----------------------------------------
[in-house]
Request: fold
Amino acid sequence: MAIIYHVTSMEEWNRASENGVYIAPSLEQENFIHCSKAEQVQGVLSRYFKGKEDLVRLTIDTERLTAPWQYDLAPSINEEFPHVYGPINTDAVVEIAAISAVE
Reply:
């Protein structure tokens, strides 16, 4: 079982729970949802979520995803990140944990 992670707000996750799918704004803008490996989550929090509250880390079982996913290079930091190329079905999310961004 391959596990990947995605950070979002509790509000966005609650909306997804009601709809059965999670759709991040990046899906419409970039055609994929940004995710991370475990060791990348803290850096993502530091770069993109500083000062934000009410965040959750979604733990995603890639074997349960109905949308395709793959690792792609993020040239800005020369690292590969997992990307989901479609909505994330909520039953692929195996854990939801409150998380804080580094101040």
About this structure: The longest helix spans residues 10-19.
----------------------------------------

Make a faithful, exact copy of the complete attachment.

[in-house]
Request: fold
Amino acid sequence: MAIIYHVTSMEEWNRASENGVYIAPSLEQENFIHCSKAEQVQGVLSRYFKGKEDLVRLTIDTERLTAPWQYDLAPSINEEFPHVYGPINTDAVVEIAAISAVE
Reply:
């Protein structure tokens, strides 16, 4: 079982729970949802979520995803990140944990 992670707000996750799918704004803008490996989550929090509250880390079982996913290079930091190329079905999310961004 391959596990990947995605950070979002509790509000966005609650909306997804009601709809059965999670759709991040990046899906419409970039055609994929940004995710991370475990060791990348803290850096993502530091770069993109500083000062934000009410965040959750979604733990995603890639074997349960109905949308395709793959690792792609993020040239800005020369690292590969997992990307989901479609909505994330909520039953692929195996854990939801409150998380804080580094101040």
About this structure: The longest helix spans residues 10-19.